EAST BRUNSWICK, NJ - New businesses are coming to town, and they bring a new mode of suburban shopping with them. The Route 18 corridor is seeing a re-vision of itself as a marketplace. Like many suburban areas in New Jersey and across the nation, East Brunswick is morphing into something new. Are we going to be required to think about shopping a bit differently?
ALDI, a European-style grocery and home market, is coming to East Brunswick, paired with the Burlington store that will occupy the former Pathmark building on Route 18 South. Some distinctive aspects of "shopping Aldi" are the store-brand products that equate to name-brand products but which sell for a much lower price; all-self-shopping (no on-floor staff assistance or departments); cart deposits that are returned when the cart is brought back; and a wide choice of organic products and produce. ALDI also sells home products, wine, and beer.
The website home page cites the different approach that shoppers can expect at Aldi:
"Bags: Bring your own bags or buy our reusable ones at checkout.
Saving Green: Everything we do from our smaller, energy-saving stores to recycled bags and cartons capture the very essence of conservation. As a result, you can save up to 50% on the majority of your needs.
Our Brands: ALDI brands are made of the same, or even higher, quality than national brands. Plus, they’re backed by our Double Guarantee. So you can be sure you and your family will trust ALDI brands for delicious satisfaction.
Select Assortment: While a typical supermarket carries about 30,000 items, we sell only the weekly must-haves – most of which are our high-quality brands. Smaller inventory means smaller stores, which leads to lower rent and electricity costs. This allows us to pass the savings on to you.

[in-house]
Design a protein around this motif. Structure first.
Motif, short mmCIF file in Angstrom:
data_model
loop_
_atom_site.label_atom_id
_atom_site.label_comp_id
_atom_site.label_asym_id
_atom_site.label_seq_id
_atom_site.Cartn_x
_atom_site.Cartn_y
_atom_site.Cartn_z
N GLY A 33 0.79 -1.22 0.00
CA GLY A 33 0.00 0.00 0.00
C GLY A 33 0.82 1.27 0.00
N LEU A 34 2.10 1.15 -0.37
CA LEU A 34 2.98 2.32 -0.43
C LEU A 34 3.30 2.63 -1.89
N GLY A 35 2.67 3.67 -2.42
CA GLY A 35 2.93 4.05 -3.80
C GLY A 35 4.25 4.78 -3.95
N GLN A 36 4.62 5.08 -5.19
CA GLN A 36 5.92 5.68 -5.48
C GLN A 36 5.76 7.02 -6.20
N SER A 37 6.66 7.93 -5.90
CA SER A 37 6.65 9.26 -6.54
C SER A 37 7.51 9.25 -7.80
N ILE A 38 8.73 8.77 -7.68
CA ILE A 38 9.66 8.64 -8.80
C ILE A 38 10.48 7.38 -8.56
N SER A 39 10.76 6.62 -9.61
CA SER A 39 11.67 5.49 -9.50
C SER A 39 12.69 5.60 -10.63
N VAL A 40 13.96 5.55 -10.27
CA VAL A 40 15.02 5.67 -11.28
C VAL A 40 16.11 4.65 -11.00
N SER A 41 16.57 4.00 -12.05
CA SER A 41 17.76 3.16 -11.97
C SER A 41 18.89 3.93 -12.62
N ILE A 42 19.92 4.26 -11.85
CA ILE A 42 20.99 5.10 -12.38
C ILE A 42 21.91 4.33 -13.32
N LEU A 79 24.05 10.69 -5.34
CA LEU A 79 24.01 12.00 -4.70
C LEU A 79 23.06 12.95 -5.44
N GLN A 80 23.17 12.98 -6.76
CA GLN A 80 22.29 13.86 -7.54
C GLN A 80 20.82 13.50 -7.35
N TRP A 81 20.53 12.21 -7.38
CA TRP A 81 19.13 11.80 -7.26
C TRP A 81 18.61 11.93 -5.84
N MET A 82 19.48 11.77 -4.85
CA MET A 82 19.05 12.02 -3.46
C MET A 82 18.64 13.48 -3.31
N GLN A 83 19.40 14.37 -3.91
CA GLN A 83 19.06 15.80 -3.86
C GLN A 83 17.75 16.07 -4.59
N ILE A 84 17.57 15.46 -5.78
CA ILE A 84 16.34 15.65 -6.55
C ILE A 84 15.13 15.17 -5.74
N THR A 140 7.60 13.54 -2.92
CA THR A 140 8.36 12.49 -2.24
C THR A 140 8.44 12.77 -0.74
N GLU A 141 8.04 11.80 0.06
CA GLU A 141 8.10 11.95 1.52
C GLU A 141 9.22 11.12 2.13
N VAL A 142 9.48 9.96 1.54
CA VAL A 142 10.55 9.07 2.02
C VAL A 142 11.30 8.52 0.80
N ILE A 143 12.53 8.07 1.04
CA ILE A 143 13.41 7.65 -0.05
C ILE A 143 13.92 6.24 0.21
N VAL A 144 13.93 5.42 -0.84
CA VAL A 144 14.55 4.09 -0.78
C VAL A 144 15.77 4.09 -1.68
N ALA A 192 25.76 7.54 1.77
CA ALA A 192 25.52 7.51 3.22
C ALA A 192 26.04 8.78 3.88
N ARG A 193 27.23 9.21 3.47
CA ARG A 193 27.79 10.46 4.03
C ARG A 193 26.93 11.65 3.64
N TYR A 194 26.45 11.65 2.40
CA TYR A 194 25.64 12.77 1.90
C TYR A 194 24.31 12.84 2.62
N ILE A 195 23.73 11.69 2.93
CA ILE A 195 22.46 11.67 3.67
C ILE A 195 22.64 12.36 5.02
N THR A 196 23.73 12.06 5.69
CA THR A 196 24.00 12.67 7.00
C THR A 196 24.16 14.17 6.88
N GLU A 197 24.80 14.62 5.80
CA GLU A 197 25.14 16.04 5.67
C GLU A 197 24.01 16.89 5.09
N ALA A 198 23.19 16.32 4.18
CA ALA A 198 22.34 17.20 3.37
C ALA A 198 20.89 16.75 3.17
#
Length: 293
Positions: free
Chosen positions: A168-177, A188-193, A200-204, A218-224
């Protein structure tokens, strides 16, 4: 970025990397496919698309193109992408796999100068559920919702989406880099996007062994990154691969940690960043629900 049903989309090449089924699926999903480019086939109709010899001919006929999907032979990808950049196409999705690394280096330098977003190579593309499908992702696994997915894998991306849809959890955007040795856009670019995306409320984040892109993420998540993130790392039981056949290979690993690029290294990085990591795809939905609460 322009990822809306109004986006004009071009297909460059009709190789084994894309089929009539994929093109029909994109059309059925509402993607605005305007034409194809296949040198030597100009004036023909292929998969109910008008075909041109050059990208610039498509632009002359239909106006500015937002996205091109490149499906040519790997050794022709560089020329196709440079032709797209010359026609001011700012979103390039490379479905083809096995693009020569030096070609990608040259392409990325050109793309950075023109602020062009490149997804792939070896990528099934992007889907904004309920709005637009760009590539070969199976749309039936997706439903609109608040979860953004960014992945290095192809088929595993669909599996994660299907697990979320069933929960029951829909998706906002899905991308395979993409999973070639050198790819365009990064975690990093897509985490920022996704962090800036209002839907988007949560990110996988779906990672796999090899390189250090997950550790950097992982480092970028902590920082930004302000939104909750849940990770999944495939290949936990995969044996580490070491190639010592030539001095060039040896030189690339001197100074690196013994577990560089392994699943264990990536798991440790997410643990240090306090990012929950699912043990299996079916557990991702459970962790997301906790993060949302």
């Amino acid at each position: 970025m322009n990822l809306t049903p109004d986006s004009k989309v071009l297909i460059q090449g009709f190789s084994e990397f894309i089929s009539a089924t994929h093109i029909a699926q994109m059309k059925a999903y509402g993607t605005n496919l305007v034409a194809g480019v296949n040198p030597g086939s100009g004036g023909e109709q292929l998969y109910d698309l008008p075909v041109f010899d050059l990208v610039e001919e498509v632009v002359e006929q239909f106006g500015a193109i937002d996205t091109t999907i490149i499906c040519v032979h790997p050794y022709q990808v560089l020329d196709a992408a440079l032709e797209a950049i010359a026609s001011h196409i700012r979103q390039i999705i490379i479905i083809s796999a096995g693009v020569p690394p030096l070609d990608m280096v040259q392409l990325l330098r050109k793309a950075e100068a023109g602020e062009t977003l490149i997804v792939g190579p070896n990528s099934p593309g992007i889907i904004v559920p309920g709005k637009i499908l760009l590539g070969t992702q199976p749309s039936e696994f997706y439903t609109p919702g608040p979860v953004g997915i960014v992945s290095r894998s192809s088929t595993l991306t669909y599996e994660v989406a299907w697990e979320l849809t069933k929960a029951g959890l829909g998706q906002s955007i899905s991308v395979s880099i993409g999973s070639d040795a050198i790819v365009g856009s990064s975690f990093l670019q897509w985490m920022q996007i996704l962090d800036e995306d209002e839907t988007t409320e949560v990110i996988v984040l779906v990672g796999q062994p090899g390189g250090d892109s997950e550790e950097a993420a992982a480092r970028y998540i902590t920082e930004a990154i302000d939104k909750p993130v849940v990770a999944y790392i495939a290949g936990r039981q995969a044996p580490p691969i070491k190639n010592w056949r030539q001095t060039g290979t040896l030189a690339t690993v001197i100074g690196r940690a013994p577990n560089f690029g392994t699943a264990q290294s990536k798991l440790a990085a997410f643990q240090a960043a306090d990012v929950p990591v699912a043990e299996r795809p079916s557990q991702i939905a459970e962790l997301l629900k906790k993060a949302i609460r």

Select Hours: A typical ALDI store stays open during the most popular shopping hours. Staying open later would simply add labor costs – and raise our prices."
Some Google reviews of the ALDI store in Piscataway include the following comments: ""Clean grocery store, great prices, better quality than most store brands." "Great place to buy a variety of nick-nacks and candy." "This store is great with a very lively and hard working staff."
Conversely, one review of the Piscataway store in Consumer Affairs added, "ALDI uses an advertising technique that I do not like. They advertise an item like chicken legs for 88 cents per pound and then stock a small amount. They do not offer rain checks. Generally, in NJ, I find that their prices are not as good as Shop-Rite and have a limited number of items. I guess they do not violate any laws because in the small print they say, "Quantities are limited." They also say, "Items may not be in all stores."
Mayor Kevin McEvoy says, "ALDI brings an economic breath of fresh air to EB because the consumer goes to the store to pick up the particular items that are a real savings to them. One resident told me you can save one-third of your weekly grocery bill by shopping there. Furthermore, they pride themselves on a large selection of "organic" foods and that appeals to today's consumer."
According to Market Watch, ALDI was founded by the Albrecht Brothers - the name ALDI combines "Albrecht" and "discount" - one of whom left the company to purchase the Trader Joe's chain. "But while Trader Joe’s has a cultlike following, ALDI has a somewhat down-market image in some areas. But it appears it is trying to change that, as it has done in the U.K., where it and rival Lidl have been remarkably successful in gaining market share from the country’s main supermarkets. Aldi’s U.S. chief executive, Jason Hart, recently told the Los Angeles Times that the chain has been attracting more affluent customers and that its newest stores are in middle-income and upper-income areas."
ALDI would join Shop-Rite, Stop and Shop, and Wal-Mart as supermarkets on Route 18. Remember, though, ALDI wants you to bring your own bags.
Like other new businesses in town, ALDI is also hiring and will hold a job fair at the EB Holiday Inn and Suites on February 16.